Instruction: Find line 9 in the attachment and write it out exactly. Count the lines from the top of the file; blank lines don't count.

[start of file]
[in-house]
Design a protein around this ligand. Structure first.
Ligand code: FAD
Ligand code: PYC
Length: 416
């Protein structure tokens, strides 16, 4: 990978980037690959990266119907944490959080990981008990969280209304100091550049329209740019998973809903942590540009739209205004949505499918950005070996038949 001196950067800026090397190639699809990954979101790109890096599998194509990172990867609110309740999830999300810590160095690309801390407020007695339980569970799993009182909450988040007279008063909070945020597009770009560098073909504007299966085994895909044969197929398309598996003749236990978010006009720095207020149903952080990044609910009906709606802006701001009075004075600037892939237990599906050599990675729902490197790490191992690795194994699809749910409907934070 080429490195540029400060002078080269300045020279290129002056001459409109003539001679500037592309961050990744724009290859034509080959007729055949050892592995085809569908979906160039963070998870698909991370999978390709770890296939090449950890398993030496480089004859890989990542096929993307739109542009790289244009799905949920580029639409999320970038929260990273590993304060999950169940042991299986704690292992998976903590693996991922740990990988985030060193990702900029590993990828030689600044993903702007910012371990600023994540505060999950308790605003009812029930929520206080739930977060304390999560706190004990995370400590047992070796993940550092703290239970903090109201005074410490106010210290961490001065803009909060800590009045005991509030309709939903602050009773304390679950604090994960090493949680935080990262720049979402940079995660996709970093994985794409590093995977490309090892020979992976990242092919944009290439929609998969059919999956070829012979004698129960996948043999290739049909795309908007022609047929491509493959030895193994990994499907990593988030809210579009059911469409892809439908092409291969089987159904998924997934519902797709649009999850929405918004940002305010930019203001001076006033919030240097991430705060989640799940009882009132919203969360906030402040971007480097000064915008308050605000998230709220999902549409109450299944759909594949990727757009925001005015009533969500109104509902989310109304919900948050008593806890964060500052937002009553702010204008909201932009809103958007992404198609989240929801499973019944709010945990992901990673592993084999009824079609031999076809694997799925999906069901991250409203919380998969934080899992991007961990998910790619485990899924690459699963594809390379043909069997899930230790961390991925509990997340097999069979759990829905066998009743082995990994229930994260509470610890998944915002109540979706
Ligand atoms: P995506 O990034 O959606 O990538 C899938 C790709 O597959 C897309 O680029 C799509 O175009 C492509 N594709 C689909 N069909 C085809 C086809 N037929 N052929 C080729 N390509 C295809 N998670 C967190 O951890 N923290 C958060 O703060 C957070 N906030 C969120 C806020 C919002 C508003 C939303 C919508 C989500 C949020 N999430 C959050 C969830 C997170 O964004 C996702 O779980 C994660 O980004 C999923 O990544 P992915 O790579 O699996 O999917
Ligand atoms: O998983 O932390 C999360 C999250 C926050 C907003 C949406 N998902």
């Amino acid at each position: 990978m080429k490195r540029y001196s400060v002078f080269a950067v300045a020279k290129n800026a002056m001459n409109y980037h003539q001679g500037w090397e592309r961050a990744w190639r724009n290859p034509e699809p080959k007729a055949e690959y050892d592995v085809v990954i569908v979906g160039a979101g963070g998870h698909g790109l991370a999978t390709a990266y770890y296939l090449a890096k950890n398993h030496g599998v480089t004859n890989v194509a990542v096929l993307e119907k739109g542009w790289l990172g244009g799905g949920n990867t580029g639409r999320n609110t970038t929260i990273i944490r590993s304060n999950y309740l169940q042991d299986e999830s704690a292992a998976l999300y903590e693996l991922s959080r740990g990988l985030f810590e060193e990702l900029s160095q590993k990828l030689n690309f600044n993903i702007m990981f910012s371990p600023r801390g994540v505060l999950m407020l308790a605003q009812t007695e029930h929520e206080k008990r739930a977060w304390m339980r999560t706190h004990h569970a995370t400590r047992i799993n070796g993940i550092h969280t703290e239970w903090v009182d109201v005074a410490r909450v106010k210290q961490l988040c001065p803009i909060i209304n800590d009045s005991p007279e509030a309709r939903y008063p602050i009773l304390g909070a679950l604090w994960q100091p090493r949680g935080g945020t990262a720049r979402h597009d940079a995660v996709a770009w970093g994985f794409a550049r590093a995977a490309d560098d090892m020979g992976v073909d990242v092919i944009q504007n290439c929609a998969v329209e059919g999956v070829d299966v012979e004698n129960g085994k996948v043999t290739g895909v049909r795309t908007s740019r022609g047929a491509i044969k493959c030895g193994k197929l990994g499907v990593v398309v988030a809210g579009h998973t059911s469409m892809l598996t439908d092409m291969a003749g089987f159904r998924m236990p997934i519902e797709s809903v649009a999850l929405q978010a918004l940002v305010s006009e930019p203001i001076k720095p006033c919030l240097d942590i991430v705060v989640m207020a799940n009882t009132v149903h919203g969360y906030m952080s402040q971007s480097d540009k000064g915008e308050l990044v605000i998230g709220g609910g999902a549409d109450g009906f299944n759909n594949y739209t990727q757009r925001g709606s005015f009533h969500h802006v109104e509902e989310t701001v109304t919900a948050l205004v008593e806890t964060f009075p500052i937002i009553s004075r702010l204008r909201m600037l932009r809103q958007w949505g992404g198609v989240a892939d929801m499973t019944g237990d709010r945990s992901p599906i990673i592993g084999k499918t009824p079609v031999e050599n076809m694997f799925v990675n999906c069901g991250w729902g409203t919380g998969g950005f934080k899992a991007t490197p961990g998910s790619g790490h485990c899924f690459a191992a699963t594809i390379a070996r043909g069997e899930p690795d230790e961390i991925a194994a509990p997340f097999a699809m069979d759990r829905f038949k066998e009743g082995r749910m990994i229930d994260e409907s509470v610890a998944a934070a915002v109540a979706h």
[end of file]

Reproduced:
């Amino acid at each position: 990978m080429k490195r540029y001196s400060v002078f080269a950067v300045a020279k290129n800026a002056m001459n409109y980037h003539q001679g500037w090397e592309r961050a990744w190639r724009n290859p034509e699809p080959k007729a055949e690959y050892d592995v085809v990954i569908v979906g160039a979101g963070g998870h698909g790109l991370a999978t390709a990266y770890y296939l090449a890096k950890n398993h030496g599998v480089t004859n890989v194509a990542v096929l993307e119907k739109g542009w790289l990172g244009g799905g949920n990867t580029g639409r999320n609110t970038t929260i990273i944490r590993s304060n999950y309740l169940q042991d299986e999830s704690a292992a998976l999300y903590e693996l991922s959080r740990g990988l985030f810590e060193e990702l900029s160095q590993k990828l030689n690309f600044n993903i702007m990981f910012s371990p600023r801390g994540v505060l999950m407020l308790a605003q009812t007695e029930h929520e206080k008990r739930a977060w304390m339980r999560t706190h004990h569970a995370t400590r047992i799993n070796g993940i550092h969280t703290e239970w903090v009182d109201v005074a410490r909450v106010k210290q961490l988040c001065p803009i909060i209304n800590d009045s005991p007279e509030a309709r939903y008063p602050i009773l304390g909070a679950l604090w994960q100091p090493r949680g935080g945020t990262a720049r979402h597009d940079a995660v996709a770009w970093g994985f794409a550049r590093a995977a490309d560098d090892m020979g992976v073909d990242v092919i944009q504007n290439c929609a998969v329209e059919g999956v070829d299966v012979e004698n129960g085994k996948v043999t290739g895909v049909r795309t908007s740019r022609g047929a491509i044969k493959c030895g193994k197929l990994g499907v990593v398309v988030a809210g579009h998973t059911s469409m892809l598996t439908d092409m291969a003749g089987f159904r998924m236990p997934i519902e797709s809903v649009a999850l929405q978010a918004l940002v305010s006009e930019p203001i001076k720095p006033c919030l240097d942590i991430v705060v989640m207020a799940n009882t009132v149903h919203g969360y906030m952080s402040q971007s480097d540009k000064g915008e308050l990044v605000i998230g709220g609910g999902a549409d109450g009906f299944n759909n594949y739209t990727q757009r925001g709606s005015f009533h969500h802006v109104e509902e989310t701001v109304t919900a948050l205004v008593e806890t964060f009075p500052i937002i009553s004075r702010l204008r909201m600037l932009r809103q958007w949505g992404g198609v989240a892939d929801m499973t019944g237990d709010r945990s992901p599906i990673i592993g084999k499918t009824p079609v031999e050599n076809m694997f799925v990675n999906c069901g991250w729902g409203t919380g998969g950005f934080k899992a991007t490197p961990g998910s790619g790490h485990c899924f690459a191992a699963t594809i390379a070996r043909g069997e899930p690795d230790e961390i991925a194994a509990p997340f097999a699809m069979d759990r829905f038949k066998e009743g082995r749910m990994i229930d994260e409907s509470v610890a998944a934070a915002v109540a979706h």